E-discharge: standard clinical headings required by Dec

Image: All providers must use structured clinical headings in e-discharges to GPs by this December.


All NHS providers must send digital discharge summaries to GPs using standard clinical headings by December this year, the new draft NHS standard contract says.

The contract, which is out for consultation, also encourages providers to adopt structured messaging for discharge summaries, but this will not become a formal requirement until next year’s contract, NHS England head of enterprise architecture Inderjit Singh told Digital Health News.

The new General Medical Services contract will also make it a requirement for GPs to be able to receive discharges electronically from next month.

All four principal GP system suppliers now have the functionality to be able to receive structured documents directly, as specified under the latest GP Systems of Choice contract.

“The key message to the service is we are asking to move to clinically consistent headings, but also structured documents and that functionality is in place with all GP system providers,” said Singh.

The requirement to send electronic discharge summaries was included in last year’s NHS standard contract and was mandatory from last October.

According to the first round of results from NHS England’s new Digital Maturity Index, around two thirds of trusts are now sending the majority of their discharge letters to GPs electronically.

Singh said NHS England’s strategy has been to align contractual levers with professional buy-in and supplier readiness to ensure uptake is high.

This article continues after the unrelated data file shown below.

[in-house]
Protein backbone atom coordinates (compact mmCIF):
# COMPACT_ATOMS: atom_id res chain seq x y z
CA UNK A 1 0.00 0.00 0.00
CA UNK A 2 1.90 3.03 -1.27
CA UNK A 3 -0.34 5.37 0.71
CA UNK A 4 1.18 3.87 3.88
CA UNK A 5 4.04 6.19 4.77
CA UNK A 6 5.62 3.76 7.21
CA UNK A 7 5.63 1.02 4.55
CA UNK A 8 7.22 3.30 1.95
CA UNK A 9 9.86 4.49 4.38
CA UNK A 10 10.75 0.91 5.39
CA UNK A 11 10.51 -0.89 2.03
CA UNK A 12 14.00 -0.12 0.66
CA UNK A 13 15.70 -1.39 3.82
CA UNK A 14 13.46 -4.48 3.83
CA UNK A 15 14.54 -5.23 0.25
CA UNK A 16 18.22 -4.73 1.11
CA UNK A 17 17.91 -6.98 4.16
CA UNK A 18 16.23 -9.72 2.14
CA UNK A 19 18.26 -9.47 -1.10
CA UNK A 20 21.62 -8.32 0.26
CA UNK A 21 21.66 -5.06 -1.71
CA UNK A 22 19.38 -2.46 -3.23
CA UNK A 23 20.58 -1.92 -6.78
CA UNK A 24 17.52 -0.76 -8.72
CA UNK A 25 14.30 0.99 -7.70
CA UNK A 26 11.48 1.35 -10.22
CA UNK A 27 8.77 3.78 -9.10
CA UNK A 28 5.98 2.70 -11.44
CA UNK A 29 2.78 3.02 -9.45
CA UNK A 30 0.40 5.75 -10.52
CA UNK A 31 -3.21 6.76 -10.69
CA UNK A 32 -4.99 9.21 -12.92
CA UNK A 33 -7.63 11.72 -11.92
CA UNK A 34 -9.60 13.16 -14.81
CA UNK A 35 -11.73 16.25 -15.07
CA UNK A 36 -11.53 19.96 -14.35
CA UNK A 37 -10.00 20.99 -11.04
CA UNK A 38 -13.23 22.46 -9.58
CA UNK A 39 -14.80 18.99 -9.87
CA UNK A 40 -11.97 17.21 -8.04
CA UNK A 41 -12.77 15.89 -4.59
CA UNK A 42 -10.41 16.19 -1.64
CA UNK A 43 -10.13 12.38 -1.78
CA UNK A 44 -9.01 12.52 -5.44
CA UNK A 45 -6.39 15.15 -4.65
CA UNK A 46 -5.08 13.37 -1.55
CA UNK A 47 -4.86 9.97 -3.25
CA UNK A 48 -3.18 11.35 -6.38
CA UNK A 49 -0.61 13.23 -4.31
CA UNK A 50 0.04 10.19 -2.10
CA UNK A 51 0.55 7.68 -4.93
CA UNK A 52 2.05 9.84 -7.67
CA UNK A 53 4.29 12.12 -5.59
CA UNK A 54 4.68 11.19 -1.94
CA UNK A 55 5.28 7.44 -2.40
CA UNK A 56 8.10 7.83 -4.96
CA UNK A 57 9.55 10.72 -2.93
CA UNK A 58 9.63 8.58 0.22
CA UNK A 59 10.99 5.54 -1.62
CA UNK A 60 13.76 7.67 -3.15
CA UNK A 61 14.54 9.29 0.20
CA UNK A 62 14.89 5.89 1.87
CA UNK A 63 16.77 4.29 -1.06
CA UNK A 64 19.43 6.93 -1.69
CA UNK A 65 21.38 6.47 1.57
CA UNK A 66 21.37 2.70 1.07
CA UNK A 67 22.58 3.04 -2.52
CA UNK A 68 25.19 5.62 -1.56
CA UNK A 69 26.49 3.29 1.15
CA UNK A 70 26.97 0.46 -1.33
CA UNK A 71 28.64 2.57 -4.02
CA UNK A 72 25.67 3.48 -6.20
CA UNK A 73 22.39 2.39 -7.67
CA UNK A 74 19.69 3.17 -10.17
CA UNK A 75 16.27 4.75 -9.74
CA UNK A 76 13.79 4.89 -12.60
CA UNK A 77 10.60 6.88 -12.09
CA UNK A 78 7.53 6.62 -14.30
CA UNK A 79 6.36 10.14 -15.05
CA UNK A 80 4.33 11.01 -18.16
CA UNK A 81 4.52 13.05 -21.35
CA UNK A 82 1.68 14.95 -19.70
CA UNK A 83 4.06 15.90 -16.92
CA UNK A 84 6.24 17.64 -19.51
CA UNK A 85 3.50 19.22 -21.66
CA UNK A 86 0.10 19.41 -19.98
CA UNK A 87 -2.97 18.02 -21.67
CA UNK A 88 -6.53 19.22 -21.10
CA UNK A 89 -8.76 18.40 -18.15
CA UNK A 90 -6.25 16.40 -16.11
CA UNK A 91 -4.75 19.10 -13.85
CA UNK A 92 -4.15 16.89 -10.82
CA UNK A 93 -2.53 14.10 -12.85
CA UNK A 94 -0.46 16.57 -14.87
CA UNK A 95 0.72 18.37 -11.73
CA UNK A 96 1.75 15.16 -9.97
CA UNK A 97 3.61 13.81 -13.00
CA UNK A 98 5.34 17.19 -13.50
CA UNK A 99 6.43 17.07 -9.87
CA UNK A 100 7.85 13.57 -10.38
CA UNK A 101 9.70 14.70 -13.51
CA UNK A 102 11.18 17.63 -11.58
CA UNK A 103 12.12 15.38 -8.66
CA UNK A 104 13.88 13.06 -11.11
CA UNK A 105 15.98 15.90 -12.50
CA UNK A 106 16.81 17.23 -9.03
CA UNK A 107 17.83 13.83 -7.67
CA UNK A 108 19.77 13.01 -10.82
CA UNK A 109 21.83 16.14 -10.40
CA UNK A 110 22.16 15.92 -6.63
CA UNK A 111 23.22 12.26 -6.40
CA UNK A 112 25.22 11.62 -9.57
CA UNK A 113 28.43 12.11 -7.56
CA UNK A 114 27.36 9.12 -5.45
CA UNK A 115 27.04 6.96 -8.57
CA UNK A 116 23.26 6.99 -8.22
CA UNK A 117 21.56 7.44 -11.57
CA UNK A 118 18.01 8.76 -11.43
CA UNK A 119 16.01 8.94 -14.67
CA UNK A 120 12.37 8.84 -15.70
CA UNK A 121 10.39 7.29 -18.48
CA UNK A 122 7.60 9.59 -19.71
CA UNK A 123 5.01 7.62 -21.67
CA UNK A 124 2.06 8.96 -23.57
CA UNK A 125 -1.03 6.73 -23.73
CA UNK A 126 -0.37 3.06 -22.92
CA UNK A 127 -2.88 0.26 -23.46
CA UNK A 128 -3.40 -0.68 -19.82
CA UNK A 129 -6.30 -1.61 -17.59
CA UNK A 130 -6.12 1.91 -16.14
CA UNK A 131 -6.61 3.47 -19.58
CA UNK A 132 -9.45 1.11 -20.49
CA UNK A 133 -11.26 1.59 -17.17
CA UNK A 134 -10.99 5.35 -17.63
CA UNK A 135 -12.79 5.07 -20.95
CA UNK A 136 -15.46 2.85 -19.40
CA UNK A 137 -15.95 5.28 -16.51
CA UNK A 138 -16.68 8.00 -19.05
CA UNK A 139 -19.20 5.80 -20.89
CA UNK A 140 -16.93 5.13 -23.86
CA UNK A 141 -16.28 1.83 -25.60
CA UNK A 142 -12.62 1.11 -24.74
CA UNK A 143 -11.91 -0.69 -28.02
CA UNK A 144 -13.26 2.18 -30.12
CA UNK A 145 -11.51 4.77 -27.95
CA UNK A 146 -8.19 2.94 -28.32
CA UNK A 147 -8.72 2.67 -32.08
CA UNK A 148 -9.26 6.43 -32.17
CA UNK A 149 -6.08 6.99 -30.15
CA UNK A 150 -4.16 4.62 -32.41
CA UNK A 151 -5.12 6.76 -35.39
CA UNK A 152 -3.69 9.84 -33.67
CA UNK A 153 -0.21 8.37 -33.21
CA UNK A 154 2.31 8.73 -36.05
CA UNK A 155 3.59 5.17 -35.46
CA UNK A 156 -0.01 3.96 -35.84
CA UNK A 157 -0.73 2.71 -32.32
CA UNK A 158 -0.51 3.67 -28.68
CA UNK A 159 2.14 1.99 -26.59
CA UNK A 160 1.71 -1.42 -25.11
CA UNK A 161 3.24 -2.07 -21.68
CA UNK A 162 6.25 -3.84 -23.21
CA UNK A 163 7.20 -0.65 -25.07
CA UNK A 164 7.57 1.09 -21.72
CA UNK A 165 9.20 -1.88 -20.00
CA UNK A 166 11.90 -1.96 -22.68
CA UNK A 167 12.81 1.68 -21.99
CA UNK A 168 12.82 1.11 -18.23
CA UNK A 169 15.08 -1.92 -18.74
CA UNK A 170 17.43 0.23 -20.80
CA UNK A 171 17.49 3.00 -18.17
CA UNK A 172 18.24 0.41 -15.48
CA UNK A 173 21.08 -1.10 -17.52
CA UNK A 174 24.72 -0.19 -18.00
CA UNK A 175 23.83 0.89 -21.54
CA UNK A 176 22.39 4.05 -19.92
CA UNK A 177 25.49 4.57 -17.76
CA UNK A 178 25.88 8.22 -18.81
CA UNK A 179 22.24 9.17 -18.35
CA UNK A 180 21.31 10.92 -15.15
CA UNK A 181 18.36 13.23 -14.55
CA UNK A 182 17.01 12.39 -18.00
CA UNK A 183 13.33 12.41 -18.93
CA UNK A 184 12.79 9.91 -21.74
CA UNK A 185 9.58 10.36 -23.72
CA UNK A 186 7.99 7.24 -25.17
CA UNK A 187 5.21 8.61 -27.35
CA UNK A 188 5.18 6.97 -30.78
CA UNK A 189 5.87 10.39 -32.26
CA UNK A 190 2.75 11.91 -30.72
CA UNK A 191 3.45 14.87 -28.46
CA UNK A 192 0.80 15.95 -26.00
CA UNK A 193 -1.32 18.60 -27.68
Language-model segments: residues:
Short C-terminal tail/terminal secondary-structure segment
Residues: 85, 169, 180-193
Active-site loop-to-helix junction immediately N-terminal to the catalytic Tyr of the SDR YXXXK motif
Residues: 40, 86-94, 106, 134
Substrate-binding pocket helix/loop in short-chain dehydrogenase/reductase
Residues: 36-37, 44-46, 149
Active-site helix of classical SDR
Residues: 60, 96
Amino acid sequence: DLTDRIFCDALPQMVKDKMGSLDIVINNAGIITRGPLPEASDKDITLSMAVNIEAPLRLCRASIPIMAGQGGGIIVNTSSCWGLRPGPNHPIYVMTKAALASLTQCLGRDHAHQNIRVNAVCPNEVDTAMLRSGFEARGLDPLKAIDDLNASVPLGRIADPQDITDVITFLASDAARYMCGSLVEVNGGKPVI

The new draft NHS standard contract includes the requirement for provider organisations to use the Academy of Medical Royal Colleges clinical headings, published in 2013, for discharge summaries.

The contract says they must do this by December this year, by which time all GPs should be getting a standard set of information about their patients on discharge.

This year’s contract will also “strongly encourage” providers to start using structured messaging, although this will not become a formal requirement until 2017, Singh added.

Singh explained that while moving straight to structured messaging is not yet mandatory, by signalling it early trusts have a chance to “get ahead of the game”.

Structured documents will make it much easier for receiving organisations to send information, such as referrals, back into acute trusts and will also make it easier to share information with other care sectors such as social and urgent care, he said.

NHS England is looking for acute trusts and other providers that want support for local pilot projects to start using structured messaging.

Singh said some organisations have already expressed an interest and the national commissioning board is “keen to encourage other provider trusts to come forward and work with us on using the functionality that GP providers have now made available”.